Panetta: Al-Qaida deaths hurt plans for attacks

By Lolita C. Baldor

Associated Press

Published: Sunday, Oct. 2 2011 11:15 p.m. MDT

U.S. Secretary of Defense Leon Panetta answers questions aboard an Air Force plane over the Atlantic Ocean Sunday, Oct. 2, 2011. Panetta is traveling to the Middle East to meet with leaders on various issues related to the region.

Win McNamee, Pool, Associated Press

Enlarge photo»

ON BOARD A MILITARY AIRCRAFT — Defense Secretary Leon Panetta said Monday that the deaths of several top al-Qaida leaders in Pakistan and Yemen in recent months will make it much more difficult for the terror group and its affiliates to plan and launch large-scale attacks abroad, including against the United States.

Panetta said increased cooperation with Yemen against the al-Qaida affiliate there will not diminish if President Ali Abdullah Saleh leaves power as the U.S. and others have urged.

The Pentagon chief spoke to reporters as he was heading to the Middle East, where he is scheduled to meet with top Israeli and Palestinian leaders. After that he will participate in a meeting of NATO defense ministers in Brussels.

Panetta spoke just days after a CIA drone strike killed Anwar al-Awlaki, the American-Yemeni cleric who served as key inspirational leader within the Yemen-based al-Qaida in the Arabian Peninsula. Killed with him was Samir Khan, a Pakistani-American who produced the group's English-language Web magazine, Inspire. The strike came a few months after a special operations team raid into Pakistan killed Osama bin Laden.

"By virtue of eliminating that leadership, I think it makes it much more difficult for al-Qaida to develop the kinds of plans and operations for conducting large attacks abroad," said Panetta.

He added that he does not know if AQAP's top bombmaker, Ibrahim al-Asiri, was also killed in the strike that targeted al-Awlaki. Officials initially heard al-Asiri may have been killed, but that was later denied by Yemeni authorities.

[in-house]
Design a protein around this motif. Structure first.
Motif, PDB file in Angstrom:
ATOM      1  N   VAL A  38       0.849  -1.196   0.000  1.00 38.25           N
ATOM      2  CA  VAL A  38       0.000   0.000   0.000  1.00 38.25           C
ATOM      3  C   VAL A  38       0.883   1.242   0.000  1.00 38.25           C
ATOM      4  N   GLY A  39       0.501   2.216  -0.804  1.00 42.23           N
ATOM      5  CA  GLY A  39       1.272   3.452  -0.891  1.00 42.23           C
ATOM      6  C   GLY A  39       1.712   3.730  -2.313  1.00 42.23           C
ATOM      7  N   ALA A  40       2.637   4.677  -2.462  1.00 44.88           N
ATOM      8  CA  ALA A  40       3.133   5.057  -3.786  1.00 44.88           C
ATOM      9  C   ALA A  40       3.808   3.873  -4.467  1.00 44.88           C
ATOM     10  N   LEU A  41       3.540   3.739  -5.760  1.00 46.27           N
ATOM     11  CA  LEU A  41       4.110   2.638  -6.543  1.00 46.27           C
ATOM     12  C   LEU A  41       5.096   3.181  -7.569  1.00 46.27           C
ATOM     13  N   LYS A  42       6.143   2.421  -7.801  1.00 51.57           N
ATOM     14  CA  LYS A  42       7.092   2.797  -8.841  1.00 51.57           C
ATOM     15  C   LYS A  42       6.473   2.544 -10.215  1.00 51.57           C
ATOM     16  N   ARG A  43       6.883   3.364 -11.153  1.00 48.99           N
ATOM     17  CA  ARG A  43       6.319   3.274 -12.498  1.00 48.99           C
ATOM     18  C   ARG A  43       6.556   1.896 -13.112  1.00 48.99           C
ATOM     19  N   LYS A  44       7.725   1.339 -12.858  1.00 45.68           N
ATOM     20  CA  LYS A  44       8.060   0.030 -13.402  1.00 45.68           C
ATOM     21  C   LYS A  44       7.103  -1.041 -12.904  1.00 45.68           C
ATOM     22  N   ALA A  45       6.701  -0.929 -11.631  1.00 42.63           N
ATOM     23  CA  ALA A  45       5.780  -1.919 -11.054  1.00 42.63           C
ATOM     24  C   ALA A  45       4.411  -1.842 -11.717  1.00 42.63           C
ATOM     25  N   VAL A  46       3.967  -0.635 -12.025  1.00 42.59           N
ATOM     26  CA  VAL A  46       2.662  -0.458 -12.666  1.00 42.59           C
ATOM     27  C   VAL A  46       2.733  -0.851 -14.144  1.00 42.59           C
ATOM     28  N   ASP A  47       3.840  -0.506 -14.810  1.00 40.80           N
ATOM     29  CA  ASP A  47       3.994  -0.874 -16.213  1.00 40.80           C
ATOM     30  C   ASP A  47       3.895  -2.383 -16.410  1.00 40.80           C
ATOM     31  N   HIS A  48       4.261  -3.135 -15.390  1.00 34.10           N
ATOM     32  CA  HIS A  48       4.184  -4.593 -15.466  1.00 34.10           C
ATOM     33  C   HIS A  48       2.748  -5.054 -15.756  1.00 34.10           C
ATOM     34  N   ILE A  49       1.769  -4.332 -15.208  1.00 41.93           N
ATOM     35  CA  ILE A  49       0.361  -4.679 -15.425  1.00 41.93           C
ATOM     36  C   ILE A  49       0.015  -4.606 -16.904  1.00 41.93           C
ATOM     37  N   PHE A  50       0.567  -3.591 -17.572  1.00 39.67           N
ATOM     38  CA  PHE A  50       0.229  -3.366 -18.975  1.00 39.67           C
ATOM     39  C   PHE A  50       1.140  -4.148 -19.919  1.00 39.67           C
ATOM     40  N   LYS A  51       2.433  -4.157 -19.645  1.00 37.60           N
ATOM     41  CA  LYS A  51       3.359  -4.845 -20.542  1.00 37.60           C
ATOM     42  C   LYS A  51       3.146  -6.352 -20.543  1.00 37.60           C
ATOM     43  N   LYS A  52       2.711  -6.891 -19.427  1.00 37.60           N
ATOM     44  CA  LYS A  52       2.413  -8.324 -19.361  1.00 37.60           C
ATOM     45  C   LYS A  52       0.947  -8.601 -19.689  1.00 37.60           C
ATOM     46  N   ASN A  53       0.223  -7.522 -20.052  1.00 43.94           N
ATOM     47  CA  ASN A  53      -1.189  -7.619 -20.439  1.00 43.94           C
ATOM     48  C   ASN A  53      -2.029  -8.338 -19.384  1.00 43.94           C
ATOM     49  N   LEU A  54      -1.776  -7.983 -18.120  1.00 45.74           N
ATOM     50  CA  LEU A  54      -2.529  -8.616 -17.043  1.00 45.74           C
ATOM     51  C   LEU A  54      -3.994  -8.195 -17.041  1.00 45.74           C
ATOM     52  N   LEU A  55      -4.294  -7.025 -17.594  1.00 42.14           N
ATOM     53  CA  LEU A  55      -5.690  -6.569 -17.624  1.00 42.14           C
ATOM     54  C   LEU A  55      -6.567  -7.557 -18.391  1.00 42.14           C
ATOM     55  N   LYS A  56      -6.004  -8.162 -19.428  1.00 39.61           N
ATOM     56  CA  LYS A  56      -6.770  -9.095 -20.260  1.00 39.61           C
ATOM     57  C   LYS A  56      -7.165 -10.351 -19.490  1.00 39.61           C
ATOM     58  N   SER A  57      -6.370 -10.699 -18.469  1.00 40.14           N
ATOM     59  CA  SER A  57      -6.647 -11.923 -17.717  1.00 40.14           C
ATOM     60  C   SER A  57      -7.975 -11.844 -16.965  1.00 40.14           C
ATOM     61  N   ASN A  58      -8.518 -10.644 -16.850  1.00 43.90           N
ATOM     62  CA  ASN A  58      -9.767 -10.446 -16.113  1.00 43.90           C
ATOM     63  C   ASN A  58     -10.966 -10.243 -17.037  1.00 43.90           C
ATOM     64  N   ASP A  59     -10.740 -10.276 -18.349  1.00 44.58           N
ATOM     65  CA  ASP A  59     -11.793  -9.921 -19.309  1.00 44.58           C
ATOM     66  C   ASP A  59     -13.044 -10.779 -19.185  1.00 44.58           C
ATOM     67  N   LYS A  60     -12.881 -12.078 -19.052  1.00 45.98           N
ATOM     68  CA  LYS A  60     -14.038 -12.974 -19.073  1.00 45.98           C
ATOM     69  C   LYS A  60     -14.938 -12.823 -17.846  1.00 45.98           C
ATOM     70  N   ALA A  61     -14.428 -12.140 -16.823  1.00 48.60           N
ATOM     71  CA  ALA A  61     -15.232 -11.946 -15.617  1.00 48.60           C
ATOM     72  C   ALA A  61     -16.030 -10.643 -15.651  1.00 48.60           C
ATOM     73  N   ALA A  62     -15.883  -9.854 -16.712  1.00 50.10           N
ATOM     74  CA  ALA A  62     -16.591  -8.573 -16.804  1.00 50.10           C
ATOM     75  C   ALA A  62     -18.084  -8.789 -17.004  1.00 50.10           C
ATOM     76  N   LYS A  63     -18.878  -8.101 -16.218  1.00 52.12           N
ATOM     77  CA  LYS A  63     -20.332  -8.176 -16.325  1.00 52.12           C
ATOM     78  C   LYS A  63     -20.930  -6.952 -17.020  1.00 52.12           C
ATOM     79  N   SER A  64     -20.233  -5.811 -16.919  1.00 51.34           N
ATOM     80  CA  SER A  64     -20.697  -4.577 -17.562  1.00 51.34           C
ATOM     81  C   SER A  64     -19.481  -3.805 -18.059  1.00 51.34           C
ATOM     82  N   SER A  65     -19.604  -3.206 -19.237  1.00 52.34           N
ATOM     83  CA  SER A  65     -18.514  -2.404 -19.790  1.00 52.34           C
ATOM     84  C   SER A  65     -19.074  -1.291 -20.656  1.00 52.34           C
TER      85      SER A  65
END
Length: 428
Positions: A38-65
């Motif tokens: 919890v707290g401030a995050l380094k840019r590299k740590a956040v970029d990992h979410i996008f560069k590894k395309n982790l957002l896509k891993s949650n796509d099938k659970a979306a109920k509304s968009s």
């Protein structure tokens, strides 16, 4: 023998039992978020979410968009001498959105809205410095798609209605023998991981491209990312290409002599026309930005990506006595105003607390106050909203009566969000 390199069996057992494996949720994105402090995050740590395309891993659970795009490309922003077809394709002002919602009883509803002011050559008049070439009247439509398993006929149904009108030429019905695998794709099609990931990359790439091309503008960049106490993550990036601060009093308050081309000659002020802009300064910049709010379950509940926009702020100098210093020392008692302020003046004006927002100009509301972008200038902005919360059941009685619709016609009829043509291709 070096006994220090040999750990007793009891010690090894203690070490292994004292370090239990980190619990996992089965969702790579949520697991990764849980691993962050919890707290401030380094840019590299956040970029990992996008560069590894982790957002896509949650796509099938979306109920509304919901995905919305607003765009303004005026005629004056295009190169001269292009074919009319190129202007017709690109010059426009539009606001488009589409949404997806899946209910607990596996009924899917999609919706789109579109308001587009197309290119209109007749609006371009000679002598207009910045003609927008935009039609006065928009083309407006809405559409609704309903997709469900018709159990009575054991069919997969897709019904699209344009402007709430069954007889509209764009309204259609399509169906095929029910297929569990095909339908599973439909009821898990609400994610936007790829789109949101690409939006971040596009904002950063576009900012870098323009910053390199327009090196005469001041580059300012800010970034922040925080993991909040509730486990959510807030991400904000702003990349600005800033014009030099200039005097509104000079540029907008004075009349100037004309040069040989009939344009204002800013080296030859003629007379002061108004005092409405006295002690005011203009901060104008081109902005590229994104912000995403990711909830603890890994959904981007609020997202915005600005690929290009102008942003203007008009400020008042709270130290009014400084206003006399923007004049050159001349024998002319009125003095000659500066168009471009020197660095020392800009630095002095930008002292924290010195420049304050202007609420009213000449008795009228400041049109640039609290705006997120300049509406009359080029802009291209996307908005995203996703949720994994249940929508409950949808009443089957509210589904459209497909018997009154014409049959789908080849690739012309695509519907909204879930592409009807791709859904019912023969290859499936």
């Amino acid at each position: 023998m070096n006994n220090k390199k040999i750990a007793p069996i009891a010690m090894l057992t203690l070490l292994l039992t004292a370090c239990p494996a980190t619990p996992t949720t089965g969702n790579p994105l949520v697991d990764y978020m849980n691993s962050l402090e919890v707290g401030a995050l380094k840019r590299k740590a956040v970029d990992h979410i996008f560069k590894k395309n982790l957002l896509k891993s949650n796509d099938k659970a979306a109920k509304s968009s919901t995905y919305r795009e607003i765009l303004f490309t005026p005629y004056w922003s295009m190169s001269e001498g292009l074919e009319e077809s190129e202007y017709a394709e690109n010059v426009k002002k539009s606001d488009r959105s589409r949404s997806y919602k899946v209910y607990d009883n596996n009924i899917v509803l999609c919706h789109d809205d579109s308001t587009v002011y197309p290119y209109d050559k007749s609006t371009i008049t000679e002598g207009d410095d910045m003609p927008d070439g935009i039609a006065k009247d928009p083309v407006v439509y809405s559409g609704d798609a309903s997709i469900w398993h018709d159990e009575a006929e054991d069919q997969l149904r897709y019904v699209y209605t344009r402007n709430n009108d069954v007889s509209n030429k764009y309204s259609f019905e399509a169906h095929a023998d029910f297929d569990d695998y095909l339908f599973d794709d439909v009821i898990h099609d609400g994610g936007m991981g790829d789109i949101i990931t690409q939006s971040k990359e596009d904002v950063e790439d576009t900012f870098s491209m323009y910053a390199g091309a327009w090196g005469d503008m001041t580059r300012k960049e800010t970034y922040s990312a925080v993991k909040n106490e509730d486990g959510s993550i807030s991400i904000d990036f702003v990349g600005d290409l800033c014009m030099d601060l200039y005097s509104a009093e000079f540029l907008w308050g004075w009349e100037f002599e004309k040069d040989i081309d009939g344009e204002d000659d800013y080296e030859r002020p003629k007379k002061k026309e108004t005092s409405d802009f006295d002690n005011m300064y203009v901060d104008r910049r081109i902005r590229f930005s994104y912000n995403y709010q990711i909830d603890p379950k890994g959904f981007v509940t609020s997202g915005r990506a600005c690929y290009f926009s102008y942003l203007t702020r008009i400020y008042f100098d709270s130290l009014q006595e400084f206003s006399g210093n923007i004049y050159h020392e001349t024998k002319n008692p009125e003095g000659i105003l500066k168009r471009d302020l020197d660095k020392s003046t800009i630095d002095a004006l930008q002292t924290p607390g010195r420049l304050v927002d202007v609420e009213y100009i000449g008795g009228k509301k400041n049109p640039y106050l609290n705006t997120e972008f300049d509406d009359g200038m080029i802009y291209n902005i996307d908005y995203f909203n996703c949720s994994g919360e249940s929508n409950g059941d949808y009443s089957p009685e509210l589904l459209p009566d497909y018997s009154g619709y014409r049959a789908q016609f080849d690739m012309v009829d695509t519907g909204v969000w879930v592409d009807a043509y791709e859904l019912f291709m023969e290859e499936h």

U.S. counterterrorism officials had considered AQAP a top terror threat because it had been more active in recent plots, including the failed Christmas 2009 attempt to blow up a jetliner headed to Detroit and the effort last year to plant explosives in packages mailed from Yemen to the U.S. and shipped on cargo planes.

The CIA strike came shortly after Saleh returned to Yemen after recovering from severe injuries he received during an attack in Sana'a earlier this year. The impoverished nation has been rocked by more than seven months of protests demanding an end to Saleh's 33-year authoritarian rule. The U.S. has urged Saleh to step down and allow a peaceful government transition.

On Sunday, Panetta said the U.S. has developed a relationship with a number of people in the country's leadership. And he said he believes anyone who takes Saleh's place will continue to be concerned about the terror network there and will cooperate with the U.S. in going after it.

In other comments, Panetta said his travels this week will also take him to Egypt where he will meet with leaders to reaffirm U.S. commitment to the region and urge them to put their election process in place.

He plans to meet with Field Marshal Hussein Tantawi , Egypt's military ruler. Tantawi and some two dozen generals who sit on the now-ruling Supreme Council of the Armed Forces took control of the country from President Hosni Mubarak when he stepped down. They pledged to return to the country to civilian rule after a transition period.

They have since been criticized by the youth groups behind the Jan. 25 to Feb. 11 anti-government uprising for not doing enough to dismantle Mubarak's 29-year rule. Activists also accuse the generals of dragging their feet in bringing members of the Mubarak regime to justice and of running the country in secrecy

Panetta will also attend NATO's defense ministerial, where the members will get an update of the military mission in Libya, which is winding down. The ministers will also hear from the top U.S. commander heading the Afghan war and hear how the transition to Afghan forces is going.

Another key topic, Panetta said, will be the budget constrictions that all of the nations are now going through.

"It's very important now, as we face those budget constraints, to try to develop approaches that allow us to share capabilities, and allow us to share technologies, and allow us to work together closely in order to ensure that NATO can fulfill its role of providing security," Panetta said.

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